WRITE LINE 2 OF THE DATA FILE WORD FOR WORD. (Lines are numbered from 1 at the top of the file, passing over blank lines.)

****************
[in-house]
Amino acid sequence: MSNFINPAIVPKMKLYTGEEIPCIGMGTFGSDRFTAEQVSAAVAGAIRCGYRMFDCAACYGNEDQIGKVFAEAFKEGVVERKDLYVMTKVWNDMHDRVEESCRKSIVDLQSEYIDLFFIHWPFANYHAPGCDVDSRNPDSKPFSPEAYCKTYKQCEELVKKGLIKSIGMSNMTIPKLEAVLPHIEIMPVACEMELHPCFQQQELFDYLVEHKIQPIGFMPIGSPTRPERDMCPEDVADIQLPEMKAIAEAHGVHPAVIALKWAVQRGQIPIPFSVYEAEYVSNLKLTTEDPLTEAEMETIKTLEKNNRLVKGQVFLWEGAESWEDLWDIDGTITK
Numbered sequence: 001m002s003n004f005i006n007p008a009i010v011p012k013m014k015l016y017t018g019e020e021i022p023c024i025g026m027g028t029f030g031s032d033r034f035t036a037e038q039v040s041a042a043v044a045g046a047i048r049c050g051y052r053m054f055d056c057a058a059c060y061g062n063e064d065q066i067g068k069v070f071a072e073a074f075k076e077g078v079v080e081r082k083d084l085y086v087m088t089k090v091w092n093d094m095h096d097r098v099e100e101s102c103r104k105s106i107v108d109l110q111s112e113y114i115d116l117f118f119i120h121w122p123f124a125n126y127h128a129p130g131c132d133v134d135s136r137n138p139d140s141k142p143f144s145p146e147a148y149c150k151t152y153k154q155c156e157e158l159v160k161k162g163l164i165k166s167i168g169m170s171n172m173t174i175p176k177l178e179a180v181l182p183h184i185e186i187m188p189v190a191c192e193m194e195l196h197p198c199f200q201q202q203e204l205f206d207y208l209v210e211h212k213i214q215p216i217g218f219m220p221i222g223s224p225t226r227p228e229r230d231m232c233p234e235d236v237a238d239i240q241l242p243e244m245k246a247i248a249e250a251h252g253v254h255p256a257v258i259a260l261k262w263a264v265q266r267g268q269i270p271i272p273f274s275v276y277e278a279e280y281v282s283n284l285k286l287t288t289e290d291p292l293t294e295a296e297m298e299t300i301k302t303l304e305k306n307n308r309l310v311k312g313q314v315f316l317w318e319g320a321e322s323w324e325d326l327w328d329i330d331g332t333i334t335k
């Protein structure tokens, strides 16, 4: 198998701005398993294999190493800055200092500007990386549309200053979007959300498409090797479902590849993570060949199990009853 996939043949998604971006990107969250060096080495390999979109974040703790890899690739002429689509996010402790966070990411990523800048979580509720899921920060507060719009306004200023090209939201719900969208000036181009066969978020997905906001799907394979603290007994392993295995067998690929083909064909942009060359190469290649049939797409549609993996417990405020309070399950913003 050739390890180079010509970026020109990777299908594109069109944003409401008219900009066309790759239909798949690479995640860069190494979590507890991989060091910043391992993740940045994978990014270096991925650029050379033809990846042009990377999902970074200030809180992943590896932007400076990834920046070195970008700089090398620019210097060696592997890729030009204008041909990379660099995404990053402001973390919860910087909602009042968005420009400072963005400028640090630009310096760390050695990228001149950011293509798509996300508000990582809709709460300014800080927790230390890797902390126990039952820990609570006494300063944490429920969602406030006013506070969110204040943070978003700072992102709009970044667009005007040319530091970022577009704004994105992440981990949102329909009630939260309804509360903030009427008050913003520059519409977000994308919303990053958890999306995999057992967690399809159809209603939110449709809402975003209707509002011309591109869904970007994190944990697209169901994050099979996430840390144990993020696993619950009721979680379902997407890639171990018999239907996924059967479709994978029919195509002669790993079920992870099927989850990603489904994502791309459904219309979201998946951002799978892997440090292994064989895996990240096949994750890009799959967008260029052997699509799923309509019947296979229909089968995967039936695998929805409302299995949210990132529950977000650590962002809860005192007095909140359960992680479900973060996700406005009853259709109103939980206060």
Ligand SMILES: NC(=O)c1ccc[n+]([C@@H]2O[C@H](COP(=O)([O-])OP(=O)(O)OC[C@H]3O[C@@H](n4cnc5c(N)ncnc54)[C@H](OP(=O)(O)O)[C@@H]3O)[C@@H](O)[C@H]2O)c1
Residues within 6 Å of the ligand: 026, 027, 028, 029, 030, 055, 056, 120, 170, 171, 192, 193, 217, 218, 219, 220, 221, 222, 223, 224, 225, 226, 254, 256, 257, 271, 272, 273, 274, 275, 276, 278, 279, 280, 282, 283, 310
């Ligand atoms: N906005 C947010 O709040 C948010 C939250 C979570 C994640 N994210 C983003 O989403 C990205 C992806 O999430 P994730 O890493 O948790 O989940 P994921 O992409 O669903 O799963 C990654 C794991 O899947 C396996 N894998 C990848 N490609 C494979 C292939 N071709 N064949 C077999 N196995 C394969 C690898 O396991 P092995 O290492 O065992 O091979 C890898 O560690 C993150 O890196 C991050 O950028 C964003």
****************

Amino acid sequence: MSNFINPAIVPKMKLYTGEEIPCIGMGTFGSDRFTAEQVSAAVAGAIRCGYRMFDCAACYGNEDQIGKVFAEAFKEGVVERKDLYVMTKVWNDMHDRVEESCRKSIVDLQSEYIDLFFIHWPFANYHAPGCDVDSRNPDSKPFSPEAYCKTYKQCEELVKKGLIKSIGMSNMTIPKLEAVLPHIEIMPVACEMELHPCFQQQELFDYLVEHKIQPIGFMPIGSPTRPERDMCPEDVADIQLPEMKAIAEAHGVHPAVIALKWAVQRGQIPIPFSVYEAEYVSNLKLTTEDPLTEAEMETIKTLEKNNRLVKGQVFLWEGAESWEDLWDIDGTITK